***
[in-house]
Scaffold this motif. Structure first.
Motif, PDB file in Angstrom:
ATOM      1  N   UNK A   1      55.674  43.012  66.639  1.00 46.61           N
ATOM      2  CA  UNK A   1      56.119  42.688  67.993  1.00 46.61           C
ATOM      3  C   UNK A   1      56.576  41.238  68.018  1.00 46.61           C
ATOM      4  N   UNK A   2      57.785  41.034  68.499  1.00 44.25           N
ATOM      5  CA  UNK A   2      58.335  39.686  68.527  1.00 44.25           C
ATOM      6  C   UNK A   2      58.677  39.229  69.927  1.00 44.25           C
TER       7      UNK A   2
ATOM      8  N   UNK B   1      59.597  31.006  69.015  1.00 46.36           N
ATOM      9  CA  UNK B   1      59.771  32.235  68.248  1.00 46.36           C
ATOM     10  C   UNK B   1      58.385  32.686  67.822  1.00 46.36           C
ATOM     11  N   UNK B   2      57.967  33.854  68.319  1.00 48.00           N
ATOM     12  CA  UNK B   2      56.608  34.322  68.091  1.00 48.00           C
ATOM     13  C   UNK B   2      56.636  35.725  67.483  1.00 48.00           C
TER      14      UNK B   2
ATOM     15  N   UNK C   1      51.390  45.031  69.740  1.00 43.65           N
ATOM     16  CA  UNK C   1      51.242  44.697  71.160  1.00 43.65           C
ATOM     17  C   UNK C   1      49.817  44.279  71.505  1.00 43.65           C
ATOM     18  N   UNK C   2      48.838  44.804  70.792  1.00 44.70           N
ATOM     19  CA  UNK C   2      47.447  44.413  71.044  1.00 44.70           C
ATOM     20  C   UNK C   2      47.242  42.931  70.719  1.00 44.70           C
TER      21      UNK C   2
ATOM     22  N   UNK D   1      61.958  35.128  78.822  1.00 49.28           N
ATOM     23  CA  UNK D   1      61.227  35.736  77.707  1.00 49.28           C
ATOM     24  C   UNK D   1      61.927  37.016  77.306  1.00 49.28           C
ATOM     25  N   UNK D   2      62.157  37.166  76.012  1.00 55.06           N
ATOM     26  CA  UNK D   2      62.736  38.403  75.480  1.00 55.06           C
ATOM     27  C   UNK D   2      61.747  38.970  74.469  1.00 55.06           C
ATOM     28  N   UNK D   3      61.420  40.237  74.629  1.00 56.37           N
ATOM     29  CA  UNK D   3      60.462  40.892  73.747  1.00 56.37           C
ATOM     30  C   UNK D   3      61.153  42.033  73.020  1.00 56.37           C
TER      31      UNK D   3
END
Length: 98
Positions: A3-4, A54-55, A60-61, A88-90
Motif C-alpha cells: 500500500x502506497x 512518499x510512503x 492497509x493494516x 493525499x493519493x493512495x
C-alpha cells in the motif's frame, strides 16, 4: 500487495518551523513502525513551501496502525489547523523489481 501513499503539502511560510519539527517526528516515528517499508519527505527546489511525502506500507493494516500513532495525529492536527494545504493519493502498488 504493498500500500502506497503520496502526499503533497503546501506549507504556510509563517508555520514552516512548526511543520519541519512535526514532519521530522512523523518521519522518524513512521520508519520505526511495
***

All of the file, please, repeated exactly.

[in-house]
Scaffold this motif. Structure first.
Motif, PDB file in Angstrom:
ATOM      1  N   UNK A   1      55.674  43.012  66.639  1.00 46.61           N
ATOM      2  CA  UNK A   1      56.119  42.688  67.993  1.00 46.61           C
ATOM      3  C   UNK A   1      56.576  41.238  68.018  1.00 46.61           C
ATOM      4  N   UNK A   2      57.785  41.034  68.499  1.00 44.25           N
ATOM      5  CA  UNK A   2      58.335  39.686  68.527  1.00 44.25           C
ATOM      6  C   UNK A   2      58.677  39.229  69.927  1.00 44.25           C
TER       7      UNK A   2
ATOM      8  N   UNK B   1      59.597  31.006  69.015  1.00 46.36           N
ATOM      9  CA  UNK B   1      59.771  32.235  68.248  1.00 46.36           C
ATOM     10  C   UNK B   1      58.385  32.686  67.822  1.00 46.36           C
ATOM     11  N   UNK B   2      57.967  33.854  68.319  1.00 48.00           N
ATOM     12  CA  UNK B   2      56.608  34.322  68.091  1.00 48.00           C
ATOM     13  C   UNK B   2      56.636  35.725  67.483  1.00 48.00           C
TER      14      UNK B   2
ATOM     15  N   UNK C   1      51.390  45.031  69.740  1.00 43.65           N
ATOM     16  CA  UNK C   1      51.242  44.697  71.160  1.00 43.65           C
ATOM     17  C   UNK C   1      49.817  44.279  71.505  1.00 43.65           C
ATOM     18  N   UNK C   2      48.838  44.804  70.792  1.00 44.70           N
ATOM     19  CA  UNK C   2      47.447  44.413  71.044  1.00 44.70           C
ATOM     20  C   UNK C   2      47.242  42.931  70.719  1.00 44.70           C
TER      21      UNK C   2
ATOM     22  N   UNK D   1      61.958  35.128  78.822  1.00 49.28           N
ATOM     23  CA  UNK D   1      61.227  35.736  77.707  1.00 49.28           C
ATOM     24  C   UNK D   1      61.927  37.016  77.306  1.00 49.28           C
ATOM     25  N   UNK D   2      62.157  37.166  76.012  1.00 55.06           N
ATOM     26  CA  UNK D   2      62.736  38.403  75.480  1.00 55.06           C
ATOM     27  C   UNK D   2      61.747  38.970  74.469  1.00 55.06           C
ATOM     28  N   UNK D   3      61.420  40.237  74.629  1.00 56.37           N
ATOM     29  CA  UNK D   3      60.462  40.892  73.747  1.00 56.37           C
ATOM     30  C   UNK D   3      61.153  42.033  73.020  1.00 56.37           C
TER      31      UNK D   3
END
Length: 98
Positions: A3-4, A54-55, A60-61, A88-90
Motif C-alpha cells: 500500500x502506497x 512518499x510512503x 492497509x493494516x 493525499x493519493x493512495x
C-alpha cells in the motif's frame, strides 16, 4: 500487495518551523513502525513551501496502525489547523523489481 501513499503539502511560510519539527517526528516515528517499508519527505527546489511525502506500507493494516500513532495525529492536527494545504493519493502498488 504493498500500500502506497503520496502526499503533497503546501506549507504556510509563517508555520514552516512548526511543520519541519512535526514532519521530522512523523518521519522518524513512521520508519520505526511495